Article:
She said she knew it couldn’t last for­ever, but that doesn’t mean she doesn’t miss the trip plan­ning and more re­laxed morn­ings en­joy­ing cof­fee with Bill.

“It was truly mag­i­cal,” says Christina, “and I sin­cerely hope ev­ery­one can ex­pe­ri­ence a frac­tion of what we had as a fam­ily last year. Love to you all.”

Now, the next chap­ter of the Schindlers’ jour­ney con­tin­ues. The East­ern Shore Food Lab at Wash­ing­ton Col­lege re­cently launched — pro­vid­ing an in­fra­struc­ture from which to re­con­nect stu­dents and the com­mu­nity with their health, en­vi­ron­ment and one an­other through an ap­proach that fuses a com­pre­hen­sive un­der­stand­ing of our an­cient di­etary past with mod­ern culi­nary tech­niques in very ac­ces­si­ble, mean­ing­ful and prac­ti­cal ways.

The book Bill was writ­ing dur­ing his sab­bat­i­cal leave is nearly com­plete and will be avail­able soon, Christina said.

Over the Christ­mas break, the en­tire fam­ily is learn­ing the 6,000-year-old process of nix­ta­mal­iza­tion first­hand from tra­di­tional groups in the moun­tains of Oax­aca, Mex­ico. Although this an­cient food pro­cess­ing tech­nol­ogy is the only way to make avail­able to the hu­man body all of the nu­tri­ents in corn — it is prac­ti­cally ab­sent in the mod­ern west­ern world.

And, of course, they have plans to re­turn to Ire­land in Jan­u­ary for a brief re­union with their new-found Ir­ish friends, and are al­ready schem­ing how to stretch air­line miles and get flight deals to visit their other new friends in places like Kenya, Crete and Mon­go­lia, said Schindler.

If any­thing, this year abroad for the Schindlers has taught them just how cul­tur­ally rich and di­verse the world is and, that food is a pow­er­ful ve­hi­cle through which to ex­pe­ri­ence it. Gath­er­ing, pre­par­ing and shar­ing food with peo­ple from all walks of life has al­lowed them to not only con­nect with other peo­ple, but also with their health, en­vi­ron­ment and one an­other in life a chang­ing ways.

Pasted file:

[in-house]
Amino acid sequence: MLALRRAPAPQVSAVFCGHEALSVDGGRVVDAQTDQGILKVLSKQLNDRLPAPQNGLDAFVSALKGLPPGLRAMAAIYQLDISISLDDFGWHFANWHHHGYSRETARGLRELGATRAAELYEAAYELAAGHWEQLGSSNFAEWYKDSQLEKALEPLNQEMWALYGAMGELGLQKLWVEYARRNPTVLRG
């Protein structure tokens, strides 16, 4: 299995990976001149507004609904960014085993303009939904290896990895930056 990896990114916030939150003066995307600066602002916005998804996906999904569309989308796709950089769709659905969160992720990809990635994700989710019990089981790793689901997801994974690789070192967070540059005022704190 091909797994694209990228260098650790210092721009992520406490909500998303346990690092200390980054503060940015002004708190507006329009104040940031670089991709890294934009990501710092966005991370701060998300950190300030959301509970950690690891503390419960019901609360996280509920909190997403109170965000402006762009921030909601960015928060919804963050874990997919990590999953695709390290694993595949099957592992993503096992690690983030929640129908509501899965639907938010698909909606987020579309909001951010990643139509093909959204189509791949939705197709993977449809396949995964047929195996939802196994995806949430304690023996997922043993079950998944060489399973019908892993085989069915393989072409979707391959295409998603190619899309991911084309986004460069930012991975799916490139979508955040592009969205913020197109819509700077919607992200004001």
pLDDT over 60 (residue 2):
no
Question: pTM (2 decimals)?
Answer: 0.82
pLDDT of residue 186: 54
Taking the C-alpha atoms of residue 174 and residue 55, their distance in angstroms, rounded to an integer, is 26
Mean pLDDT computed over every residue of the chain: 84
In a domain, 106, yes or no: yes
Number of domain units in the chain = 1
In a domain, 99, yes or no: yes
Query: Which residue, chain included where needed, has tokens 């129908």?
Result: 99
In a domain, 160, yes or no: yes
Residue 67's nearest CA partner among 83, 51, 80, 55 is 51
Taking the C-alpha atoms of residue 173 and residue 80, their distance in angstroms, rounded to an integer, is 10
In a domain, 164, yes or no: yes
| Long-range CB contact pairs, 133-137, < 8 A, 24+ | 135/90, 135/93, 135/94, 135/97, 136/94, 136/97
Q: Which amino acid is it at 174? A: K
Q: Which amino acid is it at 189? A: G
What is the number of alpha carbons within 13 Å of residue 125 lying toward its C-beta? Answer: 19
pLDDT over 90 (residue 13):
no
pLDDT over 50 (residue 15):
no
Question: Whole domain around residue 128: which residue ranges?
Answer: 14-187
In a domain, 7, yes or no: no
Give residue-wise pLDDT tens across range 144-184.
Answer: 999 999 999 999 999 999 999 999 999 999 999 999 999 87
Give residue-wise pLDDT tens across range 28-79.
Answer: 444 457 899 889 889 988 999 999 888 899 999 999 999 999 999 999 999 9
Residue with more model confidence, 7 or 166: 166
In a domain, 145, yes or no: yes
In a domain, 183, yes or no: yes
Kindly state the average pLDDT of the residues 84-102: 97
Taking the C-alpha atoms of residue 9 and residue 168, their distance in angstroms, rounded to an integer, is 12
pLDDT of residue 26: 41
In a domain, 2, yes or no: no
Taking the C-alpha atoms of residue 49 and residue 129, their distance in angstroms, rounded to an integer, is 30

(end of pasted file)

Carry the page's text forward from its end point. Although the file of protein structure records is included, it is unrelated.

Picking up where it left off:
And, for the Schindlers, that is what eat­ing like hu­mans is all about.

You can fol­low The Mod­ern Stone Age Fam­ily on In­sta­gram and Face­book @the­mod­ern­stoneage­fam­ily or via their web­site at www.the­mod­ern­stoneage­fam­

Fol­low along with Bill’s work at @dr­billschindler and­ces­tralin­ as well as the Wash­ing­ton Col­lege East­ern Shore Food Lab at @es­food­lab.


In this photo cour­tesy the Mod­ern Stone Age Fam­ily, the Wash­ing­ton Col­lege pro­fes­sor Bill Schindler, fourth from left, wife Christina and chil­dren visit Kenya dur­ing their year abroad.


Wear­ing shirts that read, “In­sects: Our first nu­tri­ent dense food,” Wash­ing­ton Col­lege pro­fes­sor Bill Schindler and stu­dents serve cricket soft tacos, in this photo cour­tesy the Mod­ern Stone Age Fam­ily.

For the Schindlers, pizza mak­ing is al­ways a fam­ily af­fair. Christina and son Billy en­joy a les­son from Chef John Nocita of the Ital­ian Culi­nary In­sti­tute in this photo cour­tesy the Mod­ern Stone Age Fam­ily.